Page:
A coalition of prominent veterinary and animal welfare organisations is urging the UK Government to uphold its commitment to banning hand-held electronic shock collars for dogs and cats.
They are speaking out after a delay in parliamentary debate and implementation of the ban, originally set for February 1, 2024. The delay raises concerns among animal welfare advocates, including Dogs Trust, The Kennel Club, RSPCA, Battersea, British Veterinary Association, and Blue Cross.
Government Under Pressure to Implement Ban
The Department of Environment, Food and Rural Affairs (DEFRA) had previously announced the prohibition of electric shock collars. However, the lack of parliamentary debate has hindered the enforcement of this crucial legislation, prompting concerns from the veterinary and animal welfare sectors. Over 51,000 members of the public expressed their support for the ban by writing to their MPs.
Independent polling by The Kennel Club and RSPCA also revealed significant public backing for a ban on shock collars. With over 9 in 10 UK adults supporting an urgent prohibition on the use of shock collars, the results underscore the widespread concern for animal welfare. The coalition of organisations is adamant about the unnecessary and cruel nature of these aversive training devices.
Paula Boyden, Veterinary Director of Dogs Trust, speaking on behalf of the coalition, additionally stated, “We are incredibly disappointed that the UK Government has seemingly reneged on its commitment to end the use of hand-held electric shock collars in England. These devices are both unnecessary and cruel, and this is a view held not just by our organisations but by more than 51,000 people who have shown their support for a ban.”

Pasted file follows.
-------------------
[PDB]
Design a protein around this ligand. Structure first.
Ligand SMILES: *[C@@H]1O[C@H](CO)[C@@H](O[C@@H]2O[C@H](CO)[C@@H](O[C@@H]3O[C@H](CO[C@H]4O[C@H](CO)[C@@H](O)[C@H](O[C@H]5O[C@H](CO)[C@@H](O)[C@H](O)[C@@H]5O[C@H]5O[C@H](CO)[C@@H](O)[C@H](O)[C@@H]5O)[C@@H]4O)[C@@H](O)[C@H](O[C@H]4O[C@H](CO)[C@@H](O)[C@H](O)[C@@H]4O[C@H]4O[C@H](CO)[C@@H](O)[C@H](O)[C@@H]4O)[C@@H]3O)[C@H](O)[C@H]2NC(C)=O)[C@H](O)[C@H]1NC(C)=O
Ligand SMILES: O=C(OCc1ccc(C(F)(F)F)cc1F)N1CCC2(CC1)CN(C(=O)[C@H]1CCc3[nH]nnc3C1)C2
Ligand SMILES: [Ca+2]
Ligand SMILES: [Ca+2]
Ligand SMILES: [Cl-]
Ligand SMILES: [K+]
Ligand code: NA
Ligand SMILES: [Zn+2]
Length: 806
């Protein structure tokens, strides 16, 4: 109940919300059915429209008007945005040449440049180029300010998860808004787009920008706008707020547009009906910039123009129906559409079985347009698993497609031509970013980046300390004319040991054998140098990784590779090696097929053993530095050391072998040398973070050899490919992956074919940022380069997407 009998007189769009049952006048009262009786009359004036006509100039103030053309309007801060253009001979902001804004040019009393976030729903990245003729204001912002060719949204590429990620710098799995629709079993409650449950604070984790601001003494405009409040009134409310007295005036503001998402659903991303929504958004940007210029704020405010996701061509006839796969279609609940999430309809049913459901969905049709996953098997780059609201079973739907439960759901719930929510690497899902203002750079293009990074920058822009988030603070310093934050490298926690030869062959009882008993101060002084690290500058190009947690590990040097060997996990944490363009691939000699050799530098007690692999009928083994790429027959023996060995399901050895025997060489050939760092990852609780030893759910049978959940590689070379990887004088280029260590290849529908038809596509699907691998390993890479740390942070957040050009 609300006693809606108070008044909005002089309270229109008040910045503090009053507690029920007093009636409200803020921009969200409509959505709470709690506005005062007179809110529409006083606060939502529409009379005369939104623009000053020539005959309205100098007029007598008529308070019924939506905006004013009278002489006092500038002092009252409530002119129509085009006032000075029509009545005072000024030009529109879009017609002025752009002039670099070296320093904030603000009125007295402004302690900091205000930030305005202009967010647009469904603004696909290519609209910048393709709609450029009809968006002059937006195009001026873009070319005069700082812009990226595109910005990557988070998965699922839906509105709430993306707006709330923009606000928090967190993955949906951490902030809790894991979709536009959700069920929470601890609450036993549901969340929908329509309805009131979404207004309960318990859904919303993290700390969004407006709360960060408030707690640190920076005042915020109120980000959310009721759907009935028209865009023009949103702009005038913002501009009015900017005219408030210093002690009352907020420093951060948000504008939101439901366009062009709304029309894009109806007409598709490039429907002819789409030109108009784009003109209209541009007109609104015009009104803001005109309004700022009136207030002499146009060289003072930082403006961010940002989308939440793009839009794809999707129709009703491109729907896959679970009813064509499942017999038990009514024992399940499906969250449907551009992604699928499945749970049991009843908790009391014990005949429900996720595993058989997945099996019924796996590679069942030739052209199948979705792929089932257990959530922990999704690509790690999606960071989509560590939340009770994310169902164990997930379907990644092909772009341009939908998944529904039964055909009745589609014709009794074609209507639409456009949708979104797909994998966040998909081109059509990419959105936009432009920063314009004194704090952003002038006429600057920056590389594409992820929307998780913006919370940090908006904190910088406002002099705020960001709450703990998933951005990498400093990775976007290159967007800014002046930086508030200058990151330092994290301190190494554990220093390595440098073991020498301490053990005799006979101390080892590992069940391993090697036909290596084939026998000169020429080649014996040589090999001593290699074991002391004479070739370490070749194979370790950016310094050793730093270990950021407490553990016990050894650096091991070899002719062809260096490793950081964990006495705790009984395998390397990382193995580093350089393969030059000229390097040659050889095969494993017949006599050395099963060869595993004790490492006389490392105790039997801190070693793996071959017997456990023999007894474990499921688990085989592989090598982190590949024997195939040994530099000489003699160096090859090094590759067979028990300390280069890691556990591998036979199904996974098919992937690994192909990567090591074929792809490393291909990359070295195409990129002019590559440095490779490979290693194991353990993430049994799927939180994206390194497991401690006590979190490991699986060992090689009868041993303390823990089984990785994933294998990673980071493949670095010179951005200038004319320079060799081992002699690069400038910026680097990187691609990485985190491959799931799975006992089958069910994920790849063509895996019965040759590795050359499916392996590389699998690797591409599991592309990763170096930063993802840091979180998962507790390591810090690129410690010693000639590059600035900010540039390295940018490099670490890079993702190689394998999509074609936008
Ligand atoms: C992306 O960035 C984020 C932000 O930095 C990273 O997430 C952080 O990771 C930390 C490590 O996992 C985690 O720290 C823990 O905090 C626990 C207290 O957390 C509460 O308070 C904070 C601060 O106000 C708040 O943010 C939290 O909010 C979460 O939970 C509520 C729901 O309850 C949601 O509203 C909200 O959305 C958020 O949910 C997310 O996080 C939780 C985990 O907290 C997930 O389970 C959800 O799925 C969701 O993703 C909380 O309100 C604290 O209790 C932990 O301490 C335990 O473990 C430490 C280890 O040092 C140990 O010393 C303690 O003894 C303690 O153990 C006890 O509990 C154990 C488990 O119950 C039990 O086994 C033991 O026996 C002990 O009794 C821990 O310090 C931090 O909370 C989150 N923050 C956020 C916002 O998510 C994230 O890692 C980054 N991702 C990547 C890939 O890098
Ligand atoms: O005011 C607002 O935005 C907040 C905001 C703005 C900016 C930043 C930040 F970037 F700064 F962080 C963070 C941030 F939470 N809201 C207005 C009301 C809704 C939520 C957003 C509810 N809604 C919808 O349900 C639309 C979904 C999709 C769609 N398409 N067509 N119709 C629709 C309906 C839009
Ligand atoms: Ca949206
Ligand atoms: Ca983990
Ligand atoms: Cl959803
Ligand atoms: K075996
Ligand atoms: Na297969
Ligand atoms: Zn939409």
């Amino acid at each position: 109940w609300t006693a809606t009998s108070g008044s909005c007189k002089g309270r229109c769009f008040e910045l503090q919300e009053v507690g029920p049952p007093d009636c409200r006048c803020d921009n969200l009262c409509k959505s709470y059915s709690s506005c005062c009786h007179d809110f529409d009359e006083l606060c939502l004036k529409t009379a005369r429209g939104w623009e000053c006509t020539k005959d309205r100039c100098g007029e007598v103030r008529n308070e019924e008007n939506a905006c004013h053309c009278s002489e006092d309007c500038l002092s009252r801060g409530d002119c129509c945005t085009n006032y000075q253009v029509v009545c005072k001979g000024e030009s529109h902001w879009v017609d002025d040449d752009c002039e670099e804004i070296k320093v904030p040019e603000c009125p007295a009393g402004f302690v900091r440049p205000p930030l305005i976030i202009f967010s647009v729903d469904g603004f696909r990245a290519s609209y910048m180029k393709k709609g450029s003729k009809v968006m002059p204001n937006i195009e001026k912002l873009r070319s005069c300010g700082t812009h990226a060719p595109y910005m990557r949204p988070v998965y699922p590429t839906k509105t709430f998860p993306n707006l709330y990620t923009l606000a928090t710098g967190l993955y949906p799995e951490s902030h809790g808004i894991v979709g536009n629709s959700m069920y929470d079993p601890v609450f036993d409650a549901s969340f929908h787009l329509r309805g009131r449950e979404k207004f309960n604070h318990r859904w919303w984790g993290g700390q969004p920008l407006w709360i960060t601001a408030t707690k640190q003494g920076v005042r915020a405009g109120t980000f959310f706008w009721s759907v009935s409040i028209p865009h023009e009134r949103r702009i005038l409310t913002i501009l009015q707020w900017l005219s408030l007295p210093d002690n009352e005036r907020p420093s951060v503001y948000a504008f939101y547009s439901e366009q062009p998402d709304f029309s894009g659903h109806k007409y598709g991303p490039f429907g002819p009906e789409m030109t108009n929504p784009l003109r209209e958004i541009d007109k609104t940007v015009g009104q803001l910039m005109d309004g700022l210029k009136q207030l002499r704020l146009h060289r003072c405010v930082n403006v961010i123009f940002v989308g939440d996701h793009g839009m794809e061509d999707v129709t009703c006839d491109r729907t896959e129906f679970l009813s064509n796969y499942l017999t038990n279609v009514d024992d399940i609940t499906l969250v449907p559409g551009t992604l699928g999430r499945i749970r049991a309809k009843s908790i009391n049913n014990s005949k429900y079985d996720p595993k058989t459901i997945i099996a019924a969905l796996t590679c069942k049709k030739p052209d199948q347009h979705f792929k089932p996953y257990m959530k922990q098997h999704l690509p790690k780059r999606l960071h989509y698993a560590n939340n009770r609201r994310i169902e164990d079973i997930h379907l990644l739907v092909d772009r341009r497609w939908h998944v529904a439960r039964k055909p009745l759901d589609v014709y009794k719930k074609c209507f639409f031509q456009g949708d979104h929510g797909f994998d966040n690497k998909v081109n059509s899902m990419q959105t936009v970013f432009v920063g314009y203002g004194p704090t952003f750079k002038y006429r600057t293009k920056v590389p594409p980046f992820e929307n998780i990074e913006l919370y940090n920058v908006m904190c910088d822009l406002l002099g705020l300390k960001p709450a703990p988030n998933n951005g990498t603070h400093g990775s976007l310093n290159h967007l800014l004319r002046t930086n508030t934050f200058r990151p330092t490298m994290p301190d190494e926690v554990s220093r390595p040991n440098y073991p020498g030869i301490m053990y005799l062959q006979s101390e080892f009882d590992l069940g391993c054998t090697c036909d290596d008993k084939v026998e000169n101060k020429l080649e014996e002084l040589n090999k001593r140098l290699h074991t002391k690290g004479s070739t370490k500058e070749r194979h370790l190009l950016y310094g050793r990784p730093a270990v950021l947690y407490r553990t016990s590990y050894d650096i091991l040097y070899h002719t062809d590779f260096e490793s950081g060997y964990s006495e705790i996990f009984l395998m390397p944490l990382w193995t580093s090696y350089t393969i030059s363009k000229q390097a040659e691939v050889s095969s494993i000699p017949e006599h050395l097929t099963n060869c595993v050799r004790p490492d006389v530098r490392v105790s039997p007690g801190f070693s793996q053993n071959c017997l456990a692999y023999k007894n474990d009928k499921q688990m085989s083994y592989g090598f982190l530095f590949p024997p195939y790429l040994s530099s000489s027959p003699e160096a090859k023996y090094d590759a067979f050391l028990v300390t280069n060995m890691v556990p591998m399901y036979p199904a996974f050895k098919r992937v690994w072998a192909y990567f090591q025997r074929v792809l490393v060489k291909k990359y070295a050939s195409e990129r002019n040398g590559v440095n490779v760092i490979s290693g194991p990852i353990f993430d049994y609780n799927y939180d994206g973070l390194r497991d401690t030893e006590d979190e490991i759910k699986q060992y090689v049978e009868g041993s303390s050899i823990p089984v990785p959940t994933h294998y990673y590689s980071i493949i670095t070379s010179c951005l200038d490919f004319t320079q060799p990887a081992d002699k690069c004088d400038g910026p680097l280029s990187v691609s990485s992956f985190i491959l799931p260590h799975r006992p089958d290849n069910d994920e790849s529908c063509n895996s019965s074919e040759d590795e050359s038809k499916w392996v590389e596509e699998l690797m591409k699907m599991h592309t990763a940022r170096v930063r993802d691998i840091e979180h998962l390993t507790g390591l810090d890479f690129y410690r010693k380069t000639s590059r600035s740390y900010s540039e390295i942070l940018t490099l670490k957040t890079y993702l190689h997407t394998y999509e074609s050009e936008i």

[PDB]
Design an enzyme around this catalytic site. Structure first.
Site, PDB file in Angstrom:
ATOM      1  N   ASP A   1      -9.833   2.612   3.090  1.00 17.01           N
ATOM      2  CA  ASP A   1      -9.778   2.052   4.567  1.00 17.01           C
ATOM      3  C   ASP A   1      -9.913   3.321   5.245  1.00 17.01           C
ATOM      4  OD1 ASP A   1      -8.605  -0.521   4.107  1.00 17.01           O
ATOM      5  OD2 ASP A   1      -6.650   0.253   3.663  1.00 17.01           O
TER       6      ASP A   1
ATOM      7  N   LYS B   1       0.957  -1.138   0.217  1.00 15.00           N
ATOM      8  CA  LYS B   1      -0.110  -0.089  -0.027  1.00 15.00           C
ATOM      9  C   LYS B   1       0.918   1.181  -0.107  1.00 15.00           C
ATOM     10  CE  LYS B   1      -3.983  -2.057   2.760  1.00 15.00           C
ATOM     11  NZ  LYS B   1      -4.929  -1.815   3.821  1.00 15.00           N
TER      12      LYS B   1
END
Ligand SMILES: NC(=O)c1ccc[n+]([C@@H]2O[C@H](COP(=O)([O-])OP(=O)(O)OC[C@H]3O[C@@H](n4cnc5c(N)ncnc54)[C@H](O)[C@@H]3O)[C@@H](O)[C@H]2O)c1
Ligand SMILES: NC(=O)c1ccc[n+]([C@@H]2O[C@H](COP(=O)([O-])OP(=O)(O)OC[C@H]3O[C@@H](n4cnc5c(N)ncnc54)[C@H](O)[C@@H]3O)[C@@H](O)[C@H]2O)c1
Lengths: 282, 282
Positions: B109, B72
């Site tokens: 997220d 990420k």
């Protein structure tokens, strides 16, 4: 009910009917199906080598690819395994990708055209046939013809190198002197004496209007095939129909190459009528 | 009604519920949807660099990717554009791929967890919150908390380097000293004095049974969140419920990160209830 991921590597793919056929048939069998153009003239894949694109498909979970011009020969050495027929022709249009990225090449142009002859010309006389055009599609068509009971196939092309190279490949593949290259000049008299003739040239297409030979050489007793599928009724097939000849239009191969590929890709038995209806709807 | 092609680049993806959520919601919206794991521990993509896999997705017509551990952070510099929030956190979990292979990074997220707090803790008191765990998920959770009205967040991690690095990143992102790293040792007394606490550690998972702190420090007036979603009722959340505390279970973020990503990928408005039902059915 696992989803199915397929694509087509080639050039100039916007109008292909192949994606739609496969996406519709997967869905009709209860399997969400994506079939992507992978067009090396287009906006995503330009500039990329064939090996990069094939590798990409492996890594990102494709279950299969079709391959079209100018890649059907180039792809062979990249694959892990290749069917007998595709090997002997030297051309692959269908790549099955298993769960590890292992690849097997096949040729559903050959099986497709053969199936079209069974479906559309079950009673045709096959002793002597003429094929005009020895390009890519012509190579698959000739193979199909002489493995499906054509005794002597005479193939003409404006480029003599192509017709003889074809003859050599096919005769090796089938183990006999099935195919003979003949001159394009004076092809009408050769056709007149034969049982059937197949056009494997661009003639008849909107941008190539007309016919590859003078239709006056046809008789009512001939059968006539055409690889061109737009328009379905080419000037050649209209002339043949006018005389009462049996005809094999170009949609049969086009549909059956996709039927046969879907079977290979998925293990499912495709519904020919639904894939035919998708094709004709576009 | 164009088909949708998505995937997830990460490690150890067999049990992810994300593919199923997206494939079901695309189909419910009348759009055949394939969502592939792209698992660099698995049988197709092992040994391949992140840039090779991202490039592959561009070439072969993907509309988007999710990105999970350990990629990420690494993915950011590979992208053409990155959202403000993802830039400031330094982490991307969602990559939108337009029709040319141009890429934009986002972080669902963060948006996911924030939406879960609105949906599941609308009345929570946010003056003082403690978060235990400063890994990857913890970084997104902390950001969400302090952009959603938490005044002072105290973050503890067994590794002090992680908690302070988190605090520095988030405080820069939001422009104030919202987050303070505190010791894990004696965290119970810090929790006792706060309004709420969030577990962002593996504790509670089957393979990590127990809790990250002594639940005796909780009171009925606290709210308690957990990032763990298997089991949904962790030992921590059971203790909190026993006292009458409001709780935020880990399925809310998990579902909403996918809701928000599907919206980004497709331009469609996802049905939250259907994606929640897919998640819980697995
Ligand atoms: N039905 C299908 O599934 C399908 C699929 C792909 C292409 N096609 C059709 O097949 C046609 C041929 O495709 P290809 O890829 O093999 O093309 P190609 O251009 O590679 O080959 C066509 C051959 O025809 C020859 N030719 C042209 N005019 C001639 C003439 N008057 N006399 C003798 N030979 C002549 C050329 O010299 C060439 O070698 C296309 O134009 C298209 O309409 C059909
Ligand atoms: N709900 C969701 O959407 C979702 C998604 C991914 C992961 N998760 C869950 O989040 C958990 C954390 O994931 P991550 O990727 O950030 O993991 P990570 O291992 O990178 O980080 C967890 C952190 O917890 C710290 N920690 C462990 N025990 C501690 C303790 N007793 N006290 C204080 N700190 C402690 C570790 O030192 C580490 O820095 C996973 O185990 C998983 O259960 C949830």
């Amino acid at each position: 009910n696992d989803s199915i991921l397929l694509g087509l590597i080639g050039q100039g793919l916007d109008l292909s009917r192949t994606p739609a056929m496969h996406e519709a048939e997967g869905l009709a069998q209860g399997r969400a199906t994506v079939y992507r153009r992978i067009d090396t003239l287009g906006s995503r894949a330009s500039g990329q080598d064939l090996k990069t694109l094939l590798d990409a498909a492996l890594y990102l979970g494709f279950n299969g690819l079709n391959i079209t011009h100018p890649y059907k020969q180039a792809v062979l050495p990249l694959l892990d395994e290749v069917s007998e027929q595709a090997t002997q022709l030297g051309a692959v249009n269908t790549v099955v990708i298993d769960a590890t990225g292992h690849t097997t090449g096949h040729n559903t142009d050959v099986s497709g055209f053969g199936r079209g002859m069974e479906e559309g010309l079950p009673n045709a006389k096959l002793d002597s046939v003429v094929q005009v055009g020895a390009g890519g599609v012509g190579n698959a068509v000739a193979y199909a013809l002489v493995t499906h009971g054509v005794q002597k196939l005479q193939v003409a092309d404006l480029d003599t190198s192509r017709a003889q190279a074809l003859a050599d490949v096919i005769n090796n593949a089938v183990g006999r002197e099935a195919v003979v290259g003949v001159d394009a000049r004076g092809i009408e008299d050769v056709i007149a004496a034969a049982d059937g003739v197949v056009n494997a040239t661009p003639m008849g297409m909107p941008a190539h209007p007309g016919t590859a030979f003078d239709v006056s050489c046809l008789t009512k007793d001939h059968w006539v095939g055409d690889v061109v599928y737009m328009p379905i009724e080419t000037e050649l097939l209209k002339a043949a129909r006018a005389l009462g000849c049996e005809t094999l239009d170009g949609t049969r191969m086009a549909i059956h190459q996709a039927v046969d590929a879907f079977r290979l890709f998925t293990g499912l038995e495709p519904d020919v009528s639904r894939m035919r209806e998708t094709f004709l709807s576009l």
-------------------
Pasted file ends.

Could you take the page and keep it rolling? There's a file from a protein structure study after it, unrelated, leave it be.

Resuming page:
The Case Against Electric Shock Collars
The coalition, consisting of well-respected organisations, has been actively campaigning against the use of electric shock collars for an extended period. The primary focus is on advocating positive reward-based methods, which have proven effective without causing harm to animals. The delay in the ban’s implementation has sparked collective efforts to ensure the UK Government follows through on its promise.
Electric shock collars are handheld devices that can be used on dogs and cats to train them by administering a shock to the animal’s neck as a form of punishment for unwanted behaviors. Research indicates that, instead of improving behavior, the use of such devices may lead to further problems. Advocates for the ban argue that positive reinforcement methods are equally effective without causing harm to the animals.
Impact on Animal Health and Welfare
Studies have demonstrated the serious impact of electric shock collars on the welfare of animals. The collateral effects include behavioral and physiological signs of distress, exacerbation of existing unwanted behaviors, and the development of new issues. The use of shock collars also raises concerns about animals associating shocks with their owners or the environment, potentially leading to fear, aggression, or avoidance.
The coalition emphasises that robust research evidence supports positive reinforcement as an effective approach to changing behavior. Electric shock collars, on the other hand, pose risks to both the physical and mental well-being of animals, prompting the urgent need for their prohibition.
As the organisations collectively advocate for the ban’s implementation, the focus remains on ensuring the welfare of dogs and cats across England by eliminating the use of these aversive training devices. The coalition is calling on DEFRA to prioritise parliamentary time for the ban and deliver on the commitment to safeguard animal welfare.